There are some, though, who believe that the new CfDs may well make things easier for solar developers. According to the managing director of Conergy: “The CfDs will see a new phase of development, and will be more attractive than the [old scheme] as they offer a fixed price. Investors love that certainty.”

Whatever the future of solar panels in the UK, across the world major developments are taking place with more installations being built as we come to realise that the sun and our use of its power is one of the most important renewable energy sources for us all.

Who’s Top of the Renewable League?

UN and Renewables

It’s generally accepted amongst those who are passionate about renewables that a number of governments have been dragging their feet when it comes to implementing green strategies that see us all being less dependent on fossil fuels. The UK, despite the financial crisis and cut backs, has managed to forge forward but others, who you might expect to embrace new energy producing technologies, have started to ‘cool’ off.

According to Greenpeace, Australia’s investment in renewable technologies has reduced by 70% over the last year. The problem is that with the recent recession, many governments in developed countries have chosen to reassess the need for green energy, something that has discouraged investment and is damaging the industry down under.

It’s not all bad news though.

In the US last year, renewables provided over 12% of the energy mix, putting them on course to meet their targets for reducing carbon emissions by 2020. Meanwhile, the Netherlands have been pushing their innovations along, as many of the Scandinavian countries have done even before the climate change crisis. Their latest offering is the opening of a solar cycle path in Krommenie and it is thought that this may be the first of many if it proves a success.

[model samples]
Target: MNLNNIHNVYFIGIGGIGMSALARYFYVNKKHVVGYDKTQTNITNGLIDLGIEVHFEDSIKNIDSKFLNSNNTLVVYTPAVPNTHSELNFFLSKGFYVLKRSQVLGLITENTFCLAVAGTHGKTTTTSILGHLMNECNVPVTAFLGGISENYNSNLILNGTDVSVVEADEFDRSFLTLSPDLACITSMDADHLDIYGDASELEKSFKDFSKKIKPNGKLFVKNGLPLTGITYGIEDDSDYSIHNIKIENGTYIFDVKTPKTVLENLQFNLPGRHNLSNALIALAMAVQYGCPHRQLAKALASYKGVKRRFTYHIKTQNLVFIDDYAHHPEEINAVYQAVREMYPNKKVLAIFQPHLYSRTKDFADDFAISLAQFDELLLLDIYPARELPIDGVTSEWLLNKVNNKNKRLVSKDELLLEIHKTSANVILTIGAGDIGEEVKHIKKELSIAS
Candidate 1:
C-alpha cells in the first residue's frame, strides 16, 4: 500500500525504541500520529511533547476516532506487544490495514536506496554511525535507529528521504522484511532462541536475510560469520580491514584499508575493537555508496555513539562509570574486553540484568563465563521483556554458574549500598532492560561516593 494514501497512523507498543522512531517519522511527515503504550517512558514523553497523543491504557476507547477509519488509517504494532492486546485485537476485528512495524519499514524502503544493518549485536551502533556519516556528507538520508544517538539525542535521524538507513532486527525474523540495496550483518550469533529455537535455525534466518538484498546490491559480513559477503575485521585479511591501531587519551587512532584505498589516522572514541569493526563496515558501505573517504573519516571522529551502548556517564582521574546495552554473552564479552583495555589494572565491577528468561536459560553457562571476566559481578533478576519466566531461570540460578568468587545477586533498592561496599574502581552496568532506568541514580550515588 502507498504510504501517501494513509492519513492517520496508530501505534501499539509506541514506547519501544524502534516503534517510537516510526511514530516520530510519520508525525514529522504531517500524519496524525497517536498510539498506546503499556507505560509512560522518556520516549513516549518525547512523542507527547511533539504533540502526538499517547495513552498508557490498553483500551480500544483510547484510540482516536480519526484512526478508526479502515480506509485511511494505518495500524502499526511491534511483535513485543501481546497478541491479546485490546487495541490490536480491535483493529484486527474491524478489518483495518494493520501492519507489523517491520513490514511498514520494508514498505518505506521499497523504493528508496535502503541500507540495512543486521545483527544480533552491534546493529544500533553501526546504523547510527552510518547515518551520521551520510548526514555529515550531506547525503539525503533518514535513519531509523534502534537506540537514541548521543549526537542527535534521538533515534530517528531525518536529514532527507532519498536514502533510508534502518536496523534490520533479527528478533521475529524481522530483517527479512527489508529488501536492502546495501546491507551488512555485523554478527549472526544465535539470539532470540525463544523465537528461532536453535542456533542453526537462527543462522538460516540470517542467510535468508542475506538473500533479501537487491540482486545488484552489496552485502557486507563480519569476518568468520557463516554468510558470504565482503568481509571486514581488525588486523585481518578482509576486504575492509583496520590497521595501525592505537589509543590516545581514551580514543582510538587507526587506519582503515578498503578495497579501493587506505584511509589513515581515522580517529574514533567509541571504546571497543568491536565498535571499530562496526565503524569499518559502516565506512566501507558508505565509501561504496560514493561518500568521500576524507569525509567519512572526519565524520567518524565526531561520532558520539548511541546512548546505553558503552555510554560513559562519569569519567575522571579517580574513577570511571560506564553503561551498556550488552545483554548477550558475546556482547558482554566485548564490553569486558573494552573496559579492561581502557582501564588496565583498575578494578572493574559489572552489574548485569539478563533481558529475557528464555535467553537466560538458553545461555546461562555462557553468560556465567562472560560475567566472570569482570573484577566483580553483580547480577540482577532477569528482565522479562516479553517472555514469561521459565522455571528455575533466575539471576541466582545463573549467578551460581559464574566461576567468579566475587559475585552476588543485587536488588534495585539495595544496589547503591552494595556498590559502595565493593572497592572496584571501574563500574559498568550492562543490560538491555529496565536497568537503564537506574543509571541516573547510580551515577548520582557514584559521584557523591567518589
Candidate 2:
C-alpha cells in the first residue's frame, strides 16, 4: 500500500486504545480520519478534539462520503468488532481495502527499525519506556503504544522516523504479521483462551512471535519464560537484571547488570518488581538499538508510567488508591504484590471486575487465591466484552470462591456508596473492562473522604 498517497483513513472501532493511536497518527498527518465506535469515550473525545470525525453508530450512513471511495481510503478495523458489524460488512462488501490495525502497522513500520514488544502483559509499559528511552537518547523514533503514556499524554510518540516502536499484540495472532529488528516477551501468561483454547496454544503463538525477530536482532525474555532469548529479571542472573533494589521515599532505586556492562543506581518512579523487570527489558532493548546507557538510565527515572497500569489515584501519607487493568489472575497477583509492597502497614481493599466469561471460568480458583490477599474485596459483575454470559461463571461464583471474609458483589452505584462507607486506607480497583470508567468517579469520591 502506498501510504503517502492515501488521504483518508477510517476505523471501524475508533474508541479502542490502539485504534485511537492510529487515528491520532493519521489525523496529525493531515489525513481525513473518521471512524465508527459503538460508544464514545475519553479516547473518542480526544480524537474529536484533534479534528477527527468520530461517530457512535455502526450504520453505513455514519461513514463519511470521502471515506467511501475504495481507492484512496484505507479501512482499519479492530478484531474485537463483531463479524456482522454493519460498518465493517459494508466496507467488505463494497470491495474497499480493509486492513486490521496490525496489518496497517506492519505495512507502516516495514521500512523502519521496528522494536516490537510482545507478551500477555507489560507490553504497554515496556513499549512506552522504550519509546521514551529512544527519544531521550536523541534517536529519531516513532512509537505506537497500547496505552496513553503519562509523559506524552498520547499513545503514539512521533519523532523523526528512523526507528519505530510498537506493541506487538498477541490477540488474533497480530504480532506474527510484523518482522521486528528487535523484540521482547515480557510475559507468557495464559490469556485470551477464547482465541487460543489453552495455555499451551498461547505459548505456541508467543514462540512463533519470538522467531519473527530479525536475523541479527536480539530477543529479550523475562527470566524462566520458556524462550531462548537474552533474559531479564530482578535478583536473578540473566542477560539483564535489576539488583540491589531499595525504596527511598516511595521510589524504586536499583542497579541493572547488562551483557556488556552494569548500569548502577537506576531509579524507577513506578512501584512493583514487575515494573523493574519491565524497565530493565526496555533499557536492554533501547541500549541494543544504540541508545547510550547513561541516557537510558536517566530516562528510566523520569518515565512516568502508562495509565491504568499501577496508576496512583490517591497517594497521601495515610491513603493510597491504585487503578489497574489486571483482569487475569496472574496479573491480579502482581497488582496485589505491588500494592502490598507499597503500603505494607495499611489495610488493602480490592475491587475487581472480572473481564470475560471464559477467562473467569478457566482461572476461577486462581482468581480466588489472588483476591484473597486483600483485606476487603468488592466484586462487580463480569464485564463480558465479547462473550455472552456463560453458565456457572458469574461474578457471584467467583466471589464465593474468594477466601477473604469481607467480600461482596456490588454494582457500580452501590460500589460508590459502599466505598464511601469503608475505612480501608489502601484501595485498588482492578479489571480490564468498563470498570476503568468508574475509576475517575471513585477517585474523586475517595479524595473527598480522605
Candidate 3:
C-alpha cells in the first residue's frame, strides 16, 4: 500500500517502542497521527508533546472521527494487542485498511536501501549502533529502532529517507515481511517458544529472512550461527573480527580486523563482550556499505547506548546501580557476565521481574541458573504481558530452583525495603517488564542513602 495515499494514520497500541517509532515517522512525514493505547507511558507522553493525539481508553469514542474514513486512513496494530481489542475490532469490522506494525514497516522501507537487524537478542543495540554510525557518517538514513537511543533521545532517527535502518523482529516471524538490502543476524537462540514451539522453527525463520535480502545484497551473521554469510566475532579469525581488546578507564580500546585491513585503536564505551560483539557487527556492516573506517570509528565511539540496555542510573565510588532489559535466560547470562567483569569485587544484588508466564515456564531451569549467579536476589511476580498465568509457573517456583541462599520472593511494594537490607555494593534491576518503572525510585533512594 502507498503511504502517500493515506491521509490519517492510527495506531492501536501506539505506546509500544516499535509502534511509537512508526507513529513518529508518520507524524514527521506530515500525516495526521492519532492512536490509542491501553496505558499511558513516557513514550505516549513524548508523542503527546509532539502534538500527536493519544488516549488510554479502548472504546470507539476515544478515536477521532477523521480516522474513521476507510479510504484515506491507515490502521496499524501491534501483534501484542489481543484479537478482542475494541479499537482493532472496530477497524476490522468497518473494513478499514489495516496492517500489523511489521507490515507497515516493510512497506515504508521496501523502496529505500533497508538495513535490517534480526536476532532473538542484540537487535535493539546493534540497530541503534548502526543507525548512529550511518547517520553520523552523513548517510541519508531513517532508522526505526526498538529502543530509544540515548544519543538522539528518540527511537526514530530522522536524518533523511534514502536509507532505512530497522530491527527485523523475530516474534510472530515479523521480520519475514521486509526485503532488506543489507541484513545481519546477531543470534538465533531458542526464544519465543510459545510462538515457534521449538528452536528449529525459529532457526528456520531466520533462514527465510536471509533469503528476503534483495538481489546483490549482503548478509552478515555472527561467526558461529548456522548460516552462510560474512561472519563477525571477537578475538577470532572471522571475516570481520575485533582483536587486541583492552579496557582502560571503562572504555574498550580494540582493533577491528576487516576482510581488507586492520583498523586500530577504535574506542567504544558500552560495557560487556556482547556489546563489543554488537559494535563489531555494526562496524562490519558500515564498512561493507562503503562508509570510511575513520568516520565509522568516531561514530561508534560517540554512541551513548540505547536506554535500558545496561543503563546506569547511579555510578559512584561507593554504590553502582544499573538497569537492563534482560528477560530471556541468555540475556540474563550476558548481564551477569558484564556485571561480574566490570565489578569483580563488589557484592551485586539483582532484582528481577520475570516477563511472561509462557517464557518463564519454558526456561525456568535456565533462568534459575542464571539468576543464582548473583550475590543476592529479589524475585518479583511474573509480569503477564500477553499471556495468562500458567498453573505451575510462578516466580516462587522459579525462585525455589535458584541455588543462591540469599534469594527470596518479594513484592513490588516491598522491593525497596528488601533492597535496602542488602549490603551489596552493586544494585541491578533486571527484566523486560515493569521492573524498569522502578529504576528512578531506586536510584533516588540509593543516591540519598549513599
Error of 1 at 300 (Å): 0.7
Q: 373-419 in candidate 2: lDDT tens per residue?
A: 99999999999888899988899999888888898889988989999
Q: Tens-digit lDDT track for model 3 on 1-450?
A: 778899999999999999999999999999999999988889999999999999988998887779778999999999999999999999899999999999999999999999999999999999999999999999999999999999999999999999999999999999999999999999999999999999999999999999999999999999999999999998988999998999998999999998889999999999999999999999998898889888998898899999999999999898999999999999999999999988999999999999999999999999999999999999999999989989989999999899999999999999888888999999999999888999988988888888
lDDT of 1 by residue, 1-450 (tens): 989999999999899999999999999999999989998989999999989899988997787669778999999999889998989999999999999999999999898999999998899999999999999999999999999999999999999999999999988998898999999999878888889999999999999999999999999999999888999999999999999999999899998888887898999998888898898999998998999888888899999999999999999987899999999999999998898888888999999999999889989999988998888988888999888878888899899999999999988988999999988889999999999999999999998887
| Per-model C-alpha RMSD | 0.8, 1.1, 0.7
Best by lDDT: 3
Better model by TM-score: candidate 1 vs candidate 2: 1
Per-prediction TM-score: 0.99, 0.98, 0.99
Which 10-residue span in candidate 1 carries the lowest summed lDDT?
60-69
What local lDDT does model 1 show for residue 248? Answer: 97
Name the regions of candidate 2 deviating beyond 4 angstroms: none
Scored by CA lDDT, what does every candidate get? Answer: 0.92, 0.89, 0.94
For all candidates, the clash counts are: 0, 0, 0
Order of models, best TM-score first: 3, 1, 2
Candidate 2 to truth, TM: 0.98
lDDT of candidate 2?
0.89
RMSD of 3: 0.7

But the great surge forward in recent times has come from a more unlikely country. Often disparaged for its high carbon emissions, China is starting to move forward at such a rapid pace that it is putting the rest of the world to shame.

China Goes Solar in a Big Way

The major producer of solar panels in the world for the last two years, China has been installing them practically everywhere, on school buildings, factories, on farms and tower blocks. Following on from the climate agreement China undertook with the US this year, the country already has a 20 gigawatt capacity, with more to follow. The plan for the near future is to rush through a total of 8 gigawatts for small rooftop installations.

Not only that, China is beginning to dramatically reduce its reliance on the fossil fuels that have so damaged its carbon footprint in the past. Coal usage is down by 68% since 2010 according to a recent article by Bloomberg.

Is India The Big Worry?

One country that still has an unhealthy fixation on fossil fuels such as coal, is India who have huge energy demands but a generally poor population. They have spent decades mining their resources and recent opinion is that their unwillingness to embrace renewable technologies on the same scale as other countries could cause a major imbalance in the battle to tackle climate change.

Indian politicians have made a commitment to increase India’s coal production from 565 million tonnes to over a billion by 2019 and licences are being given out like candy to anyone who has the technology to mine the countryside. The better news for the country is that the Prime Minister has committed to building a large number of solar power stations in the future. Whether that will help to wean the country off coal is something that remains to be seen.

Germany Goes Non-Nuclear